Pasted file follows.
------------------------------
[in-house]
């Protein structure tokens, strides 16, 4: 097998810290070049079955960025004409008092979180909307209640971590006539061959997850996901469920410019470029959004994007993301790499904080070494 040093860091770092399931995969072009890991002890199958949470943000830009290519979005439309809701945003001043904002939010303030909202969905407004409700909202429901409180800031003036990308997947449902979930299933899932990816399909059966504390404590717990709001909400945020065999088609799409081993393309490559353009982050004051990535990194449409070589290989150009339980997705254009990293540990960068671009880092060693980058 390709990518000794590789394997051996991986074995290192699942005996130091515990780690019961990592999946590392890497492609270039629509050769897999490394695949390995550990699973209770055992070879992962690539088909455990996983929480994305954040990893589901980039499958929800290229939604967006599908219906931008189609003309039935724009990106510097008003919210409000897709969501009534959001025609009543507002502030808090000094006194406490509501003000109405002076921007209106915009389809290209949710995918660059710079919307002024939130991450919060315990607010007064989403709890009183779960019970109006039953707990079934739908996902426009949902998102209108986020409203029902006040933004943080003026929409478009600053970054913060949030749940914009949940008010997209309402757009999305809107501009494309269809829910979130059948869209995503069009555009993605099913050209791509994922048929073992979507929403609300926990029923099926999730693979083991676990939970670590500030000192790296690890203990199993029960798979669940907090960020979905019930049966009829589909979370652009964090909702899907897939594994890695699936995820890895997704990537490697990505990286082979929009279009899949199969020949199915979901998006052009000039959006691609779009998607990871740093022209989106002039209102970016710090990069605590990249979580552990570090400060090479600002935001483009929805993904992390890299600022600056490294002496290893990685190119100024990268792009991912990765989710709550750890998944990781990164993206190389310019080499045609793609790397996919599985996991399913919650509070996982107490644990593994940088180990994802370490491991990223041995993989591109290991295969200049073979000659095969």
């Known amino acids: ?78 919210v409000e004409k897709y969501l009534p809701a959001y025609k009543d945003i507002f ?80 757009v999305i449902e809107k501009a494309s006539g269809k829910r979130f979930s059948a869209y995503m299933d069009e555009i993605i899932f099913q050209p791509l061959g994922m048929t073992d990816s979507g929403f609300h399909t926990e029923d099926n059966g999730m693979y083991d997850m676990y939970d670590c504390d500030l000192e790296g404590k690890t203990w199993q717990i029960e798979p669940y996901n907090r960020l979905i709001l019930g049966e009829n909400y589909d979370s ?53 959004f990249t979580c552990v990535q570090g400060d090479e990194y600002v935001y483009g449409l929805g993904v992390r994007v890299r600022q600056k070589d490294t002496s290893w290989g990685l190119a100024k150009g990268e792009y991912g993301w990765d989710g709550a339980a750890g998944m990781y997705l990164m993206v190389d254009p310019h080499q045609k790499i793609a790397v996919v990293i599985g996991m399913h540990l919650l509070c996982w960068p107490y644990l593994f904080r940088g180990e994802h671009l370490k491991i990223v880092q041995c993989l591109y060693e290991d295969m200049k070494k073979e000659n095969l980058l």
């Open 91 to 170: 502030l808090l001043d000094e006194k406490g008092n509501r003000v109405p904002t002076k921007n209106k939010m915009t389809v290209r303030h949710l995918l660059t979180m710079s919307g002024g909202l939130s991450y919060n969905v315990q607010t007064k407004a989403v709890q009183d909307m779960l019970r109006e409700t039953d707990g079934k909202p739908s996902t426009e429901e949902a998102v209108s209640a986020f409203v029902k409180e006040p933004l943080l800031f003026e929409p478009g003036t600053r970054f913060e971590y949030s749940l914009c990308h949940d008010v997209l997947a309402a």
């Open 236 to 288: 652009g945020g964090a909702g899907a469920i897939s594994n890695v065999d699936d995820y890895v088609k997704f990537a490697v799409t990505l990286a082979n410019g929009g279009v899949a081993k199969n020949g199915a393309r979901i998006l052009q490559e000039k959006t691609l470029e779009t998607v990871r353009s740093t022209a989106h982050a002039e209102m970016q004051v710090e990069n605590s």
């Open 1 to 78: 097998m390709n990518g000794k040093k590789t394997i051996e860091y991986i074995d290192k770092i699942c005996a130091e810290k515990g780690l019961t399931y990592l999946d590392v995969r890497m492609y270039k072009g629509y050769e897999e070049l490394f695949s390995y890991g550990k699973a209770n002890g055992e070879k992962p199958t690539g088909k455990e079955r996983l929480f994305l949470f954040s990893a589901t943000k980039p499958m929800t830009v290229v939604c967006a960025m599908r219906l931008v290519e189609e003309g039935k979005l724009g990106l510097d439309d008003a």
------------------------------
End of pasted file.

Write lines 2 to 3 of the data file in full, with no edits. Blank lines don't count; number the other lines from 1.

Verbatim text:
């Protein structure tokens, strides 16, 4: 097998810290070049079955960025004409008092979180909307209640971590006539061959997850996901469920410019470029959004994007993301790499904080070494 040093860091770092399931995969072009890991002890199958949470943000830009290519979005439309809701945003001043904002939010303030909202969905407004409700909202429901409180800031003036990308997947449902979930299933899932990816399909059966504390404590717990709001909400945020065999088609799409081993393309490559353009982050004051990535990194449409070589290989150009339980997705254009990293540990960068671009880092060693980058 390709990518000794590789394997051996991986074995290192699942005996130091515990780690019961990592999946590392890497492609270039629509050769897999490394695949390995550990699973209770055992070879992962690539088909455990996983929480994305954040990893589901980039499958929800290229939604967006599908219906931008189609003309039935724009990106510097008003919210409000897709969501009534959001025609009543507002502030808090000094006194406490509501003000109405002076921007209106915009389809290209949710995918660059710079919307002024939130991450919060315990607010007064989403709890009183779960019970109006039953707990079934739908996902426009949902998102209108986020409203029902006040933004943080003026929409478009600053970054913060949030749940914009949940008010997209309402757009999305809107501009494309269809829910979130059948869209995503069009555009993605099913050209791509994922048929073992979507929403609300926990029923099926999730693979083991676990939970670590500030000192790296690890203990199993029960798979669940907090960020979905019930049966009829589909979370652009964090909702899907897939594994890695699936995820890895997704990537490697990505990286082979929009279009899949199969020949199915979901998006052009000039959006691609779009998607990871740093022209989106002039209102970016710090990069605590990249979580552990570090400060090479600002935001483009929805993904992390890299600022600056490294002496290893990685190119100024990268792009991912990765989710709550750890998944990781990164993206190389310019080499045609793609790397996919599985996991399913919650509070996982107490644990593994940088180990994802370490491991990223041995993989591109290991295969200049073979000659095969």
């Known amino acids: ?78 919210v409000e004409k897709y969501l009534p809701a959001y025609k009543d945003i507002f ?80 757009v999305i449902e809107k501009a494309s006539g269809k829910r979130f979930s059948a869209y995503m299933d069009e555009i993605i899932f099913q050209p791509l061959g994922m048929t073992d990816s979507g929403f609300h399909t926990e029923d099926n059966g999730m693979y083991d997850m676990y939970d670590c504390d500030l000192e790296g404590k690890t203990w199993q717990i029960e798979p669940y996901n907090r960020l979905i709001l019930g049966e009829n909400y589909d979370s ?53 959004f990249t979580c552990v990535q570090g400060d090479e990194y600002v935001y483009g449409l929805g993904v992390r994007v890299r600022q600056k070589d490294t002496s290893w290989g990685l190119a100024k150009g990268e792009y991912g993301w990765d989710g709550a339980a750890g998944m990781y997705l990164m993206v190389d254009p310019h080499q045609k790499i793609a790397v996919v990293i599985g996991m399913h540990l919650l509070c996982w960068p107490y644990l593994f904080r940088g180990e994802h671009l370490k491991i990223v880092q041995c993989l591109y060693e290991d295969m200049k070494k073979e000659n095969l980058l």